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Do use you for my fool, and chat with you,
S. Dro. Sconce, call you it ? so you would leave þattering, I had rather have it a head ; an you use these blows long, I must get a sconce for my head, and insconce it too, or else I shall seek my wit in my shoulders: but, I pray, Sir, why am I beaten?
Ant. Doft thou not know?
S. Dro. Ay, Sir, and wherefore ; for, they say, every why hath a wherefore.
Ant. Why, first, for fouting me, and then wherefore, for urging it the second time to me. S. Dro. Was there ever any man thus beaten out of
season, When, in the why, and wherefore, is neither rhimę
nor reason? Well, Sir, I thank you.
Ant. Thank me, Sir, for what?
S. Dro. Marry, Sir, for this something that you gave me for nothing.
Ant. I'll make you amends next, to give you nothing for something. But say, Sir, is it dinner-time?
S. Dro. No, Sir, I think, the meat wants that I have.
S. Dro. Left it make you cholerick, and purchase me another dry-basting.
Ant. Well, Sir, learn to jest in good time; there's a time for all things.
S. Dro. I durst have deny'd that, before you were so cholerick.
Ant. By what rule, Sir ?
S. Dro. Marry, Sir, by a rule as plain as the plain bald pate
of father Time himself. Ant. Let's hear it.
S. Dro. There's no time for a man to recover his hair, that grows bald by nature.
Ant. May he not do it by fine and recovery ?
S. Dro. Yes, to pay a fine for a peruke, and recover the loft hair of another man.
* Ant. Why is Time such a niggard of hair, being, as it is, so plentiful an excrement?
S. Dro. Because it is a blessing that he bestows on beasts, and what he hath scanted men in hair, he hath given them in wit.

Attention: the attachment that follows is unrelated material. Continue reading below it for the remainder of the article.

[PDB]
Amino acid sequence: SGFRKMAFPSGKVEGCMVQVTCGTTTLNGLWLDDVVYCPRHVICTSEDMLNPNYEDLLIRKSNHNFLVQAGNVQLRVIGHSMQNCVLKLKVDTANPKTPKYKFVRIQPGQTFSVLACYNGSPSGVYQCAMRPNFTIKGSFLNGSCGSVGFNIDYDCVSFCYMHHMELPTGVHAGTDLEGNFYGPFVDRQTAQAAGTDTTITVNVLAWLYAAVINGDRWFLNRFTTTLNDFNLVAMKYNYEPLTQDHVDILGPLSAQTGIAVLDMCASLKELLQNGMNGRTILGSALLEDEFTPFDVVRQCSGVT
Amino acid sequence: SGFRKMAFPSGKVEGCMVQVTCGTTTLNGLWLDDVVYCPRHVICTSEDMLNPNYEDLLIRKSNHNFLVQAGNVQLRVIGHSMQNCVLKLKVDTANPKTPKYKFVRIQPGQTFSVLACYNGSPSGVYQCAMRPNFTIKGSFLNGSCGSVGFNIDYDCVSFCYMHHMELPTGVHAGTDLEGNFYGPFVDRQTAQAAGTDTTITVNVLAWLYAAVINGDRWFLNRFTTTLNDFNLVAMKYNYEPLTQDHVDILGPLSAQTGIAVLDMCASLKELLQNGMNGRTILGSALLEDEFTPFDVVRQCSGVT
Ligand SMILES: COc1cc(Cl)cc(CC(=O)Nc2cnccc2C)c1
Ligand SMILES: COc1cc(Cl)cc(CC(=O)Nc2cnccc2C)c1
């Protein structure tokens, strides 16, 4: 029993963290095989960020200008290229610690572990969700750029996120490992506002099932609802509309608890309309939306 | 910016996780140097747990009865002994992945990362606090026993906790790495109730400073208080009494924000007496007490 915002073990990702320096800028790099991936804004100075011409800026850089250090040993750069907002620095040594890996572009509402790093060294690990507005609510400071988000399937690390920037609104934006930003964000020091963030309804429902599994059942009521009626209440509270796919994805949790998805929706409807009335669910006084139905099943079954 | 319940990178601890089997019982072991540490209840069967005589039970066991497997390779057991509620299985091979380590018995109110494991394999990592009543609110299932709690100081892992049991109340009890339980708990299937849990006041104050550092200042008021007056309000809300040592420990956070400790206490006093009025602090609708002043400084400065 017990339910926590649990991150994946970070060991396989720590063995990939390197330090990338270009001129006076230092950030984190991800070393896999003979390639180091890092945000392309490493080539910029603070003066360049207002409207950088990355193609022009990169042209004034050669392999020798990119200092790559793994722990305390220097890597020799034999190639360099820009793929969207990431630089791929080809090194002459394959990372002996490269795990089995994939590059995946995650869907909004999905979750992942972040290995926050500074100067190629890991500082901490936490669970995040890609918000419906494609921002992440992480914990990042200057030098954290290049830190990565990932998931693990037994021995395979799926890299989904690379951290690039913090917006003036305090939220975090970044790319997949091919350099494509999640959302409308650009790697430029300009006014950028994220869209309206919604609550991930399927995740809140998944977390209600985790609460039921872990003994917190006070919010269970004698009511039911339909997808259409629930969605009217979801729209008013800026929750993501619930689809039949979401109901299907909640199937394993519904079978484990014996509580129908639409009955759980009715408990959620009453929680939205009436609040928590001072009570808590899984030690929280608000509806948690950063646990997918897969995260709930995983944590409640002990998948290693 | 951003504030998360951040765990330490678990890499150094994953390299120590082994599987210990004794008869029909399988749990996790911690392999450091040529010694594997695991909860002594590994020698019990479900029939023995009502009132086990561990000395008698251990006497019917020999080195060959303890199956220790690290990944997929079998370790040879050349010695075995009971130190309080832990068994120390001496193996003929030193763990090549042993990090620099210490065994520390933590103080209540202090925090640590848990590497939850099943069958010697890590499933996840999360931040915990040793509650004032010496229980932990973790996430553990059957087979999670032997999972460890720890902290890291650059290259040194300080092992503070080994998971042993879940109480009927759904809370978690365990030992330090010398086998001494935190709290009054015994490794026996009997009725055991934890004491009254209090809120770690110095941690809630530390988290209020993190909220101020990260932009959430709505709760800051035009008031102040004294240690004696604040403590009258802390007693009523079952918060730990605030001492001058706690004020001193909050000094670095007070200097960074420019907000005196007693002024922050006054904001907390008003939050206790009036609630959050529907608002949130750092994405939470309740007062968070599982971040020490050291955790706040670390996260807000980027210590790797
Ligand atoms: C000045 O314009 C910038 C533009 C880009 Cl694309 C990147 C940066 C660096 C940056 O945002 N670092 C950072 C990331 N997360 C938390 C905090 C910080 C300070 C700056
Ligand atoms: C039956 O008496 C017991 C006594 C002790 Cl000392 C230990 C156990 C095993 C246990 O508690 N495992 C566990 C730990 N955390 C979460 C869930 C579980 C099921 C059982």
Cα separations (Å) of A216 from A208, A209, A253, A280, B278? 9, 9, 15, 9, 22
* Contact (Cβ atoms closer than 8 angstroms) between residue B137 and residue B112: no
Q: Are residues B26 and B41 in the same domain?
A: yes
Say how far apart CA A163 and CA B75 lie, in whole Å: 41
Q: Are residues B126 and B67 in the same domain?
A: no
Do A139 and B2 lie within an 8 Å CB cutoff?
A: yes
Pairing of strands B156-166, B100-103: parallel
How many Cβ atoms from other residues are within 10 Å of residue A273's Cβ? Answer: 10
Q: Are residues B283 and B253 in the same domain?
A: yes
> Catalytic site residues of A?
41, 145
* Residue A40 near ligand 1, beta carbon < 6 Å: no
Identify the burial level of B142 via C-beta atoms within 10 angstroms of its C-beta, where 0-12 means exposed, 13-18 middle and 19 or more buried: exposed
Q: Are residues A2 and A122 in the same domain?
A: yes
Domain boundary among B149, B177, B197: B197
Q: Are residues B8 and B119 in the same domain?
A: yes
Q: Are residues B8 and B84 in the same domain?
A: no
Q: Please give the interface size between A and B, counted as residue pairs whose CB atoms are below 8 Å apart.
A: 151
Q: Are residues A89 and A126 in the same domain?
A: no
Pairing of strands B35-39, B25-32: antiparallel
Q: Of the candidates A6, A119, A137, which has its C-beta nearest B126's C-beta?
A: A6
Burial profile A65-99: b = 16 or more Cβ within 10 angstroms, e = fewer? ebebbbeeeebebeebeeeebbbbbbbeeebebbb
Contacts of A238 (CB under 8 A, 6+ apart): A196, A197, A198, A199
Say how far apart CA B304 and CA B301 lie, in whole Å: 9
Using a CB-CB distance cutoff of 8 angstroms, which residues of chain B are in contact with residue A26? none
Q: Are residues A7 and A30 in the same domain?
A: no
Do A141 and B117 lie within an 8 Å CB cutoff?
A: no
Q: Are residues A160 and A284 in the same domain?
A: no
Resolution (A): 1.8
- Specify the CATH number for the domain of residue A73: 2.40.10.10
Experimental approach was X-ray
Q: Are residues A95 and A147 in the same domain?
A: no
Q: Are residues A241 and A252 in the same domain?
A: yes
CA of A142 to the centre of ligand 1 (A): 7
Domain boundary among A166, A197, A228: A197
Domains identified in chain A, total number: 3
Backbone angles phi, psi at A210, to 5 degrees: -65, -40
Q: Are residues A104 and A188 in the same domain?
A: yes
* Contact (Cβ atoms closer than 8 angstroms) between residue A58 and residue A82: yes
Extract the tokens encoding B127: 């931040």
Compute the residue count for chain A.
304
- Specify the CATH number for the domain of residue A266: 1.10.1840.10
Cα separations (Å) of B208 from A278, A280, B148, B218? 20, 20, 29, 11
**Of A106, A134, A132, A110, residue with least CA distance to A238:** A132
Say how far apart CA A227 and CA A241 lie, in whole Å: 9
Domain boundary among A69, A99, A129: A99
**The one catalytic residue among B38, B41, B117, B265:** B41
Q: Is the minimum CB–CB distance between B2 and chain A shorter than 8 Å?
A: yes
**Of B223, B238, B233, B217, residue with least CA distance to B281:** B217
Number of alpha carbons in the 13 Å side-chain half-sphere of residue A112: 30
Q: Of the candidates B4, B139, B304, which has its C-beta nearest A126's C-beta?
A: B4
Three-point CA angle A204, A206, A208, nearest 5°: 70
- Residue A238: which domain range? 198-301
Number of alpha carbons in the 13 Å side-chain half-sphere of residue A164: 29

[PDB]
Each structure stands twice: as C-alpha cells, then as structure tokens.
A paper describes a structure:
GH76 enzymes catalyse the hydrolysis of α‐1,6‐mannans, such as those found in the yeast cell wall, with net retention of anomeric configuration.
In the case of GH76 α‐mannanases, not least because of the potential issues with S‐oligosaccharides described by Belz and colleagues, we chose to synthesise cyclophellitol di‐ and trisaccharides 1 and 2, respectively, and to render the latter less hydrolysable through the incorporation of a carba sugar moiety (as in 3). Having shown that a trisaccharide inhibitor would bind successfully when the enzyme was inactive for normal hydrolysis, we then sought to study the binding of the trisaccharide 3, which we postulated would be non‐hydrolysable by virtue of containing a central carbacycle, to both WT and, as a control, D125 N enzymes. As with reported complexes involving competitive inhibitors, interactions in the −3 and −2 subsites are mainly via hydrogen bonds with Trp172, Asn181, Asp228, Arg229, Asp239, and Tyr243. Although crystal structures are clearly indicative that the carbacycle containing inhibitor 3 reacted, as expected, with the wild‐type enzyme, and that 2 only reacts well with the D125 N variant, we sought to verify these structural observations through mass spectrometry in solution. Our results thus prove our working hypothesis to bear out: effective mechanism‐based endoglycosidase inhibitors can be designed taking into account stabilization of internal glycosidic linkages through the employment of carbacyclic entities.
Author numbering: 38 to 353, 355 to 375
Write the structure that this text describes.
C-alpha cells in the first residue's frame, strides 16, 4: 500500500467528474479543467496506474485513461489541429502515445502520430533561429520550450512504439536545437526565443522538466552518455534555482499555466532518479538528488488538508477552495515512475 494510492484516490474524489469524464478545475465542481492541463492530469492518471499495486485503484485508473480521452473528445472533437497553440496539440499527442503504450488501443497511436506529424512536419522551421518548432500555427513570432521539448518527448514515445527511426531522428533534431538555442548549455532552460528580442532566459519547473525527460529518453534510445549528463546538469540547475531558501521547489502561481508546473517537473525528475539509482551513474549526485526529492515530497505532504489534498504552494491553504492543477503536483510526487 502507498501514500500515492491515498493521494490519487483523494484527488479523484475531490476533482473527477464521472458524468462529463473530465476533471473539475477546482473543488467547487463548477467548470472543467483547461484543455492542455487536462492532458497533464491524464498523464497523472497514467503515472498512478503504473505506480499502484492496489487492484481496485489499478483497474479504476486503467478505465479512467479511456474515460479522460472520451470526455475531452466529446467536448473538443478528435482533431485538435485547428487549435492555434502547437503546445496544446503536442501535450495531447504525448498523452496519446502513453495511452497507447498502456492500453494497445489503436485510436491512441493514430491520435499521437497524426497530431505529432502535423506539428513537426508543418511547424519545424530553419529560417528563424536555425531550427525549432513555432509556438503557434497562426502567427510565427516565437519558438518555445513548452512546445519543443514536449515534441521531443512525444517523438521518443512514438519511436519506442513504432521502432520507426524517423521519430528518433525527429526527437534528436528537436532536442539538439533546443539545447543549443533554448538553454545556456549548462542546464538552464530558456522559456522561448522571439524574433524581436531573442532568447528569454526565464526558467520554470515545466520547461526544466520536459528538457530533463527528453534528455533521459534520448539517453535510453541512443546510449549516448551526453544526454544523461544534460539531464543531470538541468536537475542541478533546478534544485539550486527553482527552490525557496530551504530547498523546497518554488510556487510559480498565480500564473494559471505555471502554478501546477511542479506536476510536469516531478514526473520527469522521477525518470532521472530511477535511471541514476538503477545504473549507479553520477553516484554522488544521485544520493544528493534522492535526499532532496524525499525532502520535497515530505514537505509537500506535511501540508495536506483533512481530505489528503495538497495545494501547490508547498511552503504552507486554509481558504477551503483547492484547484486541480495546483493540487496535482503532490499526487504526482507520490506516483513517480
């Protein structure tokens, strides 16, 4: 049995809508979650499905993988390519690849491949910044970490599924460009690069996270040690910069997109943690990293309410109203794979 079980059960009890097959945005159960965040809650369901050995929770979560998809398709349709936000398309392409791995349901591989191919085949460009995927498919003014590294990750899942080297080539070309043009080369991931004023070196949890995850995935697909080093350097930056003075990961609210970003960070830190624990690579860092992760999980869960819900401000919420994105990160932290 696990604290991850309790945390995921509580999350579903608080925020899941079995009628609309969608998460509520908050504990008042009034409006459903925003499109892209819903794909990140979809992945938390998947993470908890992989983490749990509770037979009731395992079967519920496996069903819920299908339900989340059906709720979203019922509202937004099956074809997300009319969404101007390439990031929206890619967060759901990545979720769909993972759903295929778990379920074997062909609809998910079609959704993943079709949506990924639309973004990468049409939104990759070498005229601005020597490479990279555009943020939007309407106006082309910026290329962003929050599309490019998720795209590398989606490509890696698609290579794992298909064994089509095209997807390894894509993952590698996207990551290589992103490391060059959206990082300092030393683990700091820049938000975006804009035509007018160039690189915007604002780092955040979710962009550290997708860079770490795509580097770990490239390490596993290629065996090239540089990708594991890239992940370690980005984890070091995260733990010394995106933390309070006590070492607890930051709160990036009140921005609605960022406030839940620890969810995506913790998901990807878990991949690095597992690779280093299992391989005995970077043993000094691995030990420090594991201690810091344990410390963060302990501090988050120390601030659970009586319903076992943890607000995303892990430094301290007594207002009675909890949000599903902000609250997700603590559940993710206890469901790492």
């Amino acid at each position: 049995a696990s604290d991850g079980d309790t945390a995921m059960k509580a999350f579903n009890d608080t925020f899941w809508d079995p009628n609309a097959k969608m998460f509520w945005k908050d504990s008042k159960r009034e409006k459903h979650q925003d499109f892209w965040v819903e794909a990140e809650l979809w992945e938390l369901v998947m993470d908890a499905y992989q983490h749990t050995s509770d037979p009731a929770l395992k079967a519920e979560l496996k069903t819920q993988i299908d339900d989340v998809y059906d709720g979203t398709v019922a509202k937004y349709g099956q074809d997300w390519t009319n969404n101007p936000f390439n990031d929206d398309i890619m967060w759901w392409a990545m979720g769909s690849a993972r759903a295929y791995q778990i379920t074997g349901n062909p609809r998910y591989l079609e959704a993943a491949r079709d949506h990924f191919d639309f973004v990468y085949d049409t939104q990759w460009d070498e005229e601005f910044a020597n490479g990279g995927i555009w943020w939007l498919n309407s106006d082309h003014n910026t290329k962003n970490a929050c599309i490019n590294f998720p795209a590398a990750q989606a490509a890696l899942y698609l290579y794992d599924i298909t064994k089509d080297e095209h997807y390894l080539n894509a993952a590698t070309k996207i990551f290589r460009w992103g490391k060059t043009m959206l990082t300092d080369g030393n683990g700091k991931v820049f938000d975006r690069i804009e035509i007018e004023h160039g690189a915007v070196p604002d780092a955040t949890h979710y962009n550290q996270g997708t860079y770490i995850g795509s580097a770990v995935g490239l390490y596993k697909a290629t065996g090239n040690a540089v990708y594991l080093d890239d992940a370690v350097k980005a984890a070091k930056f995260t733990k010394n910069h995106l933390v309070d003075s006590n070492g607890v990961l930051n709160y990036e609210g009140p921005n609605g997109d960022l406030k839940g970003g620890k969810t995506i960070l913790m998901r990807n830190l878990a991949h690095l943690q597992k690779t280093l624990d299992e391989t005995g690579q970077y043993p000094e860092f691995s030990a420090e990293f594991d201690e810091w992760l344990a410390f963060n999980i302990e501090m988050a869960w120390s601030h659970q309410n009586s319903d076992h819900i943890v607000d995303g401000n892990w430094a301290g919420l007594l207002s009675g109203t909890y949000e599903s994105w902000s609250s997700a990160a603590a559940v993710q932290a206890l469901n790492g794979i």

Ant. Why, but there's many a man hath more hair than wit.
S. Dro. Not a man of those, but he hath the wit to lose his hair.
Ant. Why, thou didst conclude hairy men plain dealers without wit.
S. Dro. The plainer dealer, the sooner loft ; yet he loseth it in a kind of jollicy.
? In former Editions ; Them, I observe, are very fre
Ant. Why is Time such a quently mistaken vice versa for Niggard of Hair, bring, as it is, each other, in the old Impressions
plentiful an Excrement ? of our Author. THEOBALD. S. Dro. Because it is a Bleffing 3 Not a man of thof, but he that he behou's on Beafts, and bath she wit to lose bis hair.] what be bath franted them in hair, That is, Those who have more be barb given them in Wir.) Sure- bair tban wit, are easily entraply, this is Mock-reasoning, and ped by loote women, and suffer a Contradiction in Sense. Can the consequences of lewdness, Hair be suppos'd a Blessing, one of which, in the first appear. which Time bestows on Beasts ance of the disease in Europe, was peculiarly ; and yet that he hath the loss of hair. franted them of it too ? Men and 14
Ant. For what reason ?
S. Dro. The one to save the mony that he spends in tyring; the other, that at dinner they should not drop in his porridge. Ant. You
would all this time have prov'd, there is no time for all things.